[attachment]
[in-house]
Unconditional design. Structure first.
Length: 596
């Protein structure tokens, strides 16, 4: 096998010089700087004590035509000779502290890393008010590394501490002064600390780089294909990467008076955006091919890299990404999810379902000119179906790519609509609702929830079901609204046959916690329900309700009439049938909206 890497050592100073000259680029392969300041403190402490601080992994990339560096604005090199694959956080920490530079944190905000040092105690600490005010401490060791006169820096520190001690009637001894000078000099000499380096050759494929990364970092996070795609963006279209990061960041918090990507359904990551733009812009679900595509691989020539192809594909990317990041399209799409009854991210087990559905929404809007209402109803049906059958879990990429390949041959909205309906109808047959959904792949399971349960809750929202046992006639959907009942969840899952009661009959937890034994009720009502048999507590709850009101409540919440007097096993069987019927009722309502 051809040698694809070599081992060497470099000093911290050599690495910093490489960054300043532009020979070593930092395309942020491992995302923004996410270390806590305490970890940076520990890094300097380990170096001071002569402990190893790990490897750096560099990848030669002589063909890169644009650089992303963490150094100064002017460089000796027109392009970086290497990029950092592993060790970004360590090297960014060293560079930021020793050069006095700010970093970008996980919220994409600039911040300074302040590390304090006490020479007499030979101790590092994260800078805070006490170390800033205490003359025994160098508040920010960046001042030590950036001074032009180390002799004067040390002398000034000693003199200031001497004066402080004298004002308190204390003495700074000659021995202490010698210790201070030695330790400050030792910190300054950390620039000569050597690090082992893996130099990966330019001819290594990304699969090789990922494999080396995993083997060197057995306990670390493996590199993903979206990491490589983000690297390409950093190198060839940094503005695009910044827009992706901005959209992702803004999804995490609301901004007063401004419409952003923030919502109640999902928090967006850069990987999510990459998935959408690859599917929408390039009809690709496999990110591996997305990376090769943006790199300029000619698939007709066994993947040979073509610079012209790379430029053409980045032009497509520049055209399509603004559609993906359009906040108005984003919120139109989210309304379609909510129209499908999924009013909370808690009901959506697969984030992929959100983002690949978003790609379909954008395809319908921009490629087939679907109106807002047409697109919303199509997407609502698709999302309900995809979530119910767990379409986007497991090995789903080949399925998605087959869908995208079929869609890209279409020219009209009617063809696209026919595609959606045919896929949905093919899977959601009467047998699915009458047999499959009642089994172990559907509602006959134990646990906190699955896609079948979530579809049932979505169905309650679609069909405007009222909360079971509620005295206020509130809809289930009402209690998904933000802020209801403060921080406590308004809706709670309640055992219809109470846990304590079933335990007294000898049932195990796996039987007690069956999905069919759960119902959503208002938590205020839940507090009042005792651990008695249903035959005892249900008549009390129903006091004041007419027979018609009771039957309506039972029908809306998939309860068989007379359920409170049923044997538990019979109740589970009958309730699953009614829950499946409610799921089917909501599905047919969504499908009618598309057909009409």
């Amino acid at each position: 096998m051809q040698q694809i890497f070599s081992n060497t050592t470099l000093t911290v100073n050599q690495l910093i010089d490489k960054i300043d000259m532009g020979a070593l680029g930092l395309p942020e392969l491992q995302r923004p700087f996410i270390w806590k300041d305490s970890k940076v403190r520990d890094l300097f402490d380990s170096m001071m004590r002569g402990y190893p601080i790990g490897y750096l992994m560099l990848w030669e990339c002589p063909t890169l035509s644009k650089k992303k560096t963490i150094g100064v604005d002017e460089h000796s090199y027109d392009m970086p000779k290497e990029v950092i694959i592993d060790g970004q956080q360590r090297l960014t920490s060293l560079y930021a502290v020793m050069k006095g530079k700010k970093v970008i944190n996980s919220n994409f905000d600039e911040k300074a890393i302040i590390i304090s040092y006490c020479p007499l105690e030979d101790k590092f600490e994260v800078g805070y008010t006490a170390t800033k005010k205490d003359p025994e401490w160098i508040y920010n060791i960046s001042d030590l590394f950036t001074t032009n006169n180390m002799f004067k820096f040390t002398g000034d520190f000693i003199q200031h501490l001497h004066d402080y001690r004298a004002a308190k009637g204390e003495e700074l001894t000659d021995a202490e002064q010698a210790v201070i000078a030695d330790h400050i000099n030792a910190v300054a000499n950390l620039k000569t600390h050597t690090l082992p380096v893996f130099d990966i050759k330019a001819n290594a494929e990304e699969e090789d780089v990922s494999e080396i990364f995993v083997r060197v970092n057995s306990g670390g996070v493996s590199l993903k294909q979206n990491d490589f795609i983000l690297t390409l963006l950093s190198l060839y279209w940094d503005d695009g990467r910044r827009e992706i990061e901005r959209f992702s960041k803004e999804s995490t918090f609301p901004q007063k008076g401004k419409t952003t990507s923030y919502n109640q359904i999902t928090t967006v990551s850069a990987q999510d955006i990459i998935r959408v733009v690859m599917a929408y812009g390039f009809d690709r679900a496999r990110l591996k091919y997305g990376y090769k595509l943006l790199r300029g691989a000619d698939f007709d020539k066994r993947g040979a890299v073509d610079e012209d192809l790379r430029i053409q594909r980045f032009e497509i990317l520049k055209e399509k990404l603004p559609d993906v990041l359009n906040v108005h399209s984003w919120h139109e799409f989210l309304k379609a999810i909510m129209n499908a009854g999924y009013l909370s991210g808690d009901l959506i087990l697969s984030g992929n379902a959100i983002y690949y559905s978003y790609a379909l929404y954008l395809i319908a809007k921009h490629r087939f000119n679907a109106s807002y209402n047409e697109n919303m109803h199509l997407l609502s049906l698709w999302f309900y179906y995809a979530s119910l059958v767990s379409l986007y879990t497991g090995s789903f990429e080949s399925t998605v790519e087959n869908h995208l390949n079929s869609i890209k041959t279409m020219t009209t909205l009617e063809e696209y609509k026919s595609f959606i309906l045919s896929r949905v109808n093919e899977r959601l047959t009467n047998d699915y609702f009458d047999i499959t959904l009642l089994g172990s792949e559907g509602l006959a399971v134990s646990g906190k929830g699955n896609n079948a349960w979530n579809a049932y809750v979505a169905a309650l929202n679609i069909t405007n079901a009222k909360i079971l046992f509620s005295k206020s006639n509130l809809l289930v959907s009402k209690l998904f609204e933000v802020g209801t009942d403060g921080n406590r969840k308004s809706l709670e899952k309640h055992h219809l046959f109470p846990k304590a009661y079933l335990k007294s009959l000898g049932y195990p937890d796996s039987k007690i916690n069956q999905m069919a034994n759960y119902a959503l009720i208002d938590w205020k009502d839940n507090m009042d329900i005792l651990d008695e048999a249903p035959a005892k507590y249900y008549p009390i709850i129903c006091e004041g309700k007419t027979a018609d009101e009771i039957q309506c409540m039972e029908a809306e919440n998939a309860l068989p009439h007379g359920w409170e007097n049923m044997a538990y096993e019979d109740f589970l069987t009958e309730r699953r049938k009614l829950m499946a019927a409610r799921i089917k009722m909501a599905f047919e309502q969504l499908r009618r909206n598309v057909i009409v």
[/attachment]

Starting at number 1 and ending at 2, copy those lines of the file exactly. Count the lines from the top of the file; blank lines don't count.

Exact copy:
[in-house]
Unconditional design. Structure first.